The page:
Globalisation and the information revolution have created competitive pressures that require us as a nation to be as nimble as possible in adapting to changing circumstances. Whatever the colour of the Commonwealth government, we still require just one set of laws for the country. There are areas of policy and jurisdiction the states no longer have sensible involvement in. It took 30-odd years for tax law to become far more national than had been conceived at the commencement of Federation. After 70-plus years we finally got a unitary system of trade practices law. After 100 years states' rights and vested interests finally gave way to one unitary financial system for Australia and although the process was messy in the execution we do finally, after 100 years, have a unitary system in Corporations Law.

The Australian Democrats have never supported states' rights and, by extension, states' laws therefore, or even the Federation as originally conceived. That long Australian Democrats tradition is repeated in the Democrats' constitutional reform policy balloted in July 2001, which says:

We strongly hold that the current three tiers of Government in Australia should be replaced by a more representative framework, where the States are replaced by Regional Governments ...

As an automatic consequence of such a policy position long held by the Democrats, there is therefore explicit backing for national laws on, for example, trade practices, finance, corporations, tax and industrial relations. Regional governments would have no part in such law. Obviously there is absolutely no chance whatsoever, given both the views of the Australian community as a whole and the views of the major parties, that our federal system is likely to be revisited. Nevertheless, the central concept that there are laws which are appropriate to be national and laws which are appropriate to be regional or state is entirely accurate.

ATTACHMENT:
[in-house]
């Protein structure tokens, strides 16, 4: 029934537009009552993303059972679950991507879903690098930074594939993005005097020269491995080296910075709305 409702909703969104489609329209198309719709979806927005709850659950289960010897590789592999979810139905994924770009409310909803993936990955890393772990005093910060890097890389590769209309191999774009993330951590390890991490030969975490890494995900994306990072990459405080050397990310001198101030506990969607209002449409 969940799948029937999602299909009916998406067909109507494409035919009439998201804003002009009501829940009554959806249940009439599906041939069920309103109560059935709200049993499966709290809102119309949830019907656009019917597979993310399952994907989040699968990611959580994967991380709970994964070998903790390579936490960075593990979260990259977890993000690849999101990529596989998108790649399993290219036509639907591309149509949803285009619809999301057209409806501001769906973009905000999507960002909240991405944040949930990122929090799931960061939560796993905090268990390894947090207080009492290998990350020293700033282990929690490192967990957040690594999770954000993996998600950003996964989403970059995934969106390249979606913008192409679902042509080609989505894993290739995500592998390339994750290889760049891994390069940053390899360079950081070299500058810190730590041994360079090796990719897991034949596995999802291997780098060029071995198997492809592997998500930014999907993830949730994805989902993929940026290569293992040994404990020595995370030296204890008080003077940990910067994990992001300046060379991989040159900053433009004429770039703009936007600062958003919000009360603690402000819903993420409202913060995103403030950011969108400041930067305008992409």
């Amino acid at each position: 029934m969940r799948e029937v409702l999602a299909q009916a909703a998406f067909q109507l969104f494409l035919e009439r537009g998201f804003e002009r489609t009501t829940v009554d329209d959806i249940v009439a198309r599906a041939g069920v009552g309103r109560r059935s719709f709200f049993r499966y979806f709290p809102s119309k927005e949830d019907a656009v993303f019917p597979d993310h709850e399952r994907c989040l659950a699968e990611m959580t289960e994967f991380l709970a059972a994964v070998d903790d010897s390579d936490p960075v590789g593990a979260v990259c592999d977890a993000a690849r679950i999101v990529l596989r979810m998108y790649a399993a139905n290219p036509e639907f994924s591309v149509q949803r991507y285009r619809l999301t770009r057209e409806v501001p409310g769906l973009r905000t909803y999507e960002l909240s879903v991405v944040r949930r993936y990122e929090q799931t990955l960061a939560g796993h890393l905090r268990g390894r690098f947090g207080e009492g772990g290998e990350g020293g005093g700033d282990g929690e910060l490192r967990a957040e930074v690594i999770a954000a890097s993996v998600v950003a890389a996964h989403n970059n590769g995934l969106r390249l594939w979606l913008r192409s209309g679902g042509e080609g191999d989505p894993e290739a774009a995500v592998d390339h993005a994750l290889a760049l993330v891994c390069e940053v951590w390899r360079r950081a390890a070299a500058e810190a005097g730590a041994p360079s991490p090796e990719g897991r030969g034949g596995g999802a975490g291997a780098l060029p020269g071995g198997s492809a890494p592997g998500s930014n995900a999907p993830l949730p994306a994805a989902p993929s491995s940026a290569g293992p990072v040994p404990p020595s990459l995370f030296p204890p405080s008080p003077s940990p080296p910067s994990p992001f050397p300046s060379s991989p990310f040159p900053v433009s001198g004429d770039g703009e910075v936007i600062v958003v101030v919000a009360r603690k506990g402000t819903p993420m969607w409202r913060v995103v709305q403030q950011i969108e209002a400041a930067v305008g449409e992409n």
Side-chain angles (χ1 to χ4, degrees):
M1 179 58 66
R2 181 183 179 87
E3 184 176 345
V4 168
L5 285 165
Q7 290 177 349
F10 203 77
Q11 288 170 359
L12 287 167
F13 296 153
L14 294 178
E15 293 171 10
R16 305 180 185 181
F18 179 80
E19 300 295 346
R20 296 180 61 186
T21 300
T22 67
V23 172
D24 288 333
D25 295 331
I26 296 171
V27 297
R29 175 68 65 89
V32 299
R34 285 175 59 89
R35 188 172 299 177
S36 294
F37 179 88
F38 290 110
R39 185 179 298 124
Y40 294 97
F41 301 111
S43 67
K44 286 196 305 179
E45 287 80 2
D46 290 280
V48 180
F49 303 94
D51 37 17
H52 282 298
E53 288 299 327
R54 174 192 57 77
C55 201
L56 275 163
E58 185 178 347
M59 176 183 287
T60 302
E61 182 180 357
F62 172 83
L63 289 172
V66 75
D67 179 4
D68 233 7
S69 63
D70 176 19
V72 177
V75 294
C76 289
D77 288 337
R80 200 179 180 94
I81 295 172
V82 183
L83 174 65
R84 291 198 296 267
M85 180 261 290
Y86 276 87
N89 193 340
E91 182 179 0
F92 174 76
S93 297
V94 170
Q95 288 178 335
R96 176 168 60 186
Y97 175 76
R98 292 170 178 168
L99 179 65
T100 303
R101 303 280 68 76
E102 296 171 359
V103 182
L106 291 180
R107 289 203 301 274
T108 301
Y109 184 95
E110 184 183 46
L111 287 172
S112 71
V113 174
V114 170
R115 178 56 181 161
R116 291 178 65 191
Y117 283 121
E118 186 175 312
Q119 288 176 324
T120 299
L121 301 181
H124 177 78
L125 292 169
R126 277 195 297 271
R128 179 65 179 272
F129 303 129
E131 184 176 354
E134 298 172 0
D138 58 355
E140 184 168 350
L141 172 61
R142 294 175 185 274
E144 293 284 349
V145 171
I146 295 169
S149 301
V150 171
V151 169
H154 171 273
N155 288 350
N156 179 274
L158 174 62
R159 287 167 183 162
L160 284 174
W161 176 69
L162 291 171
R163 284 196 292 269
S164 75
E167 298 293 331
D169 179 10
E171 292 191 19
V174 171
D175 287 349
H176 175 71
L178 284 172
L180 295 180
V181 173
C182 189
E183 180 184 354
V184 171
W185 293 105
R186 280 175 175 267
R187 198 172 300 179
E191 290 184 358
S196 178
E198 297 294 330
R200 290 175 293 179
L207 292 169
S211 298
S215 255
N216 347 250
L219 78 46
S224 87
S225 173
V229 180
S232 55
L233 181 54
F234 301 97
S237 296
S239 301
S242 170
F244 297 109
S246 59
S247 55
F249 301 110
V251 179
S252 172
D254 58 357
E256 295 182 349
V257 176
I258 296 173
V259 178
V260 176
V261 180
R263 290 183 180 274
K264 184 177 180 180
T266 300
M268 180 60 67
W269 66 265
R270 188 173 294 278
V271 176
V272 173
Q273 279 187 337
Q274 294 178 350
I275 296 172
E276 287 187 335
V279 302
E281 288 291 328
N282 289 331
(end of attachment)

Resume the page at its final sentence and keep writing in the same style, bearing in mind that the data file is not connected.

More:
It is time we moved towards a national system of industrial regulation that will do away with unnecessary replications, conflicts and complexity. Referenda aimed at extending the Commonwealth's industrial relations powers failed in 1911, 1913, 1926, 1944 and 1946. It seems unlikely that anyone will attempt a unitary system by referendum again, or at least in the near future. Does that mean it is a policy we should not pursue? No, it does not.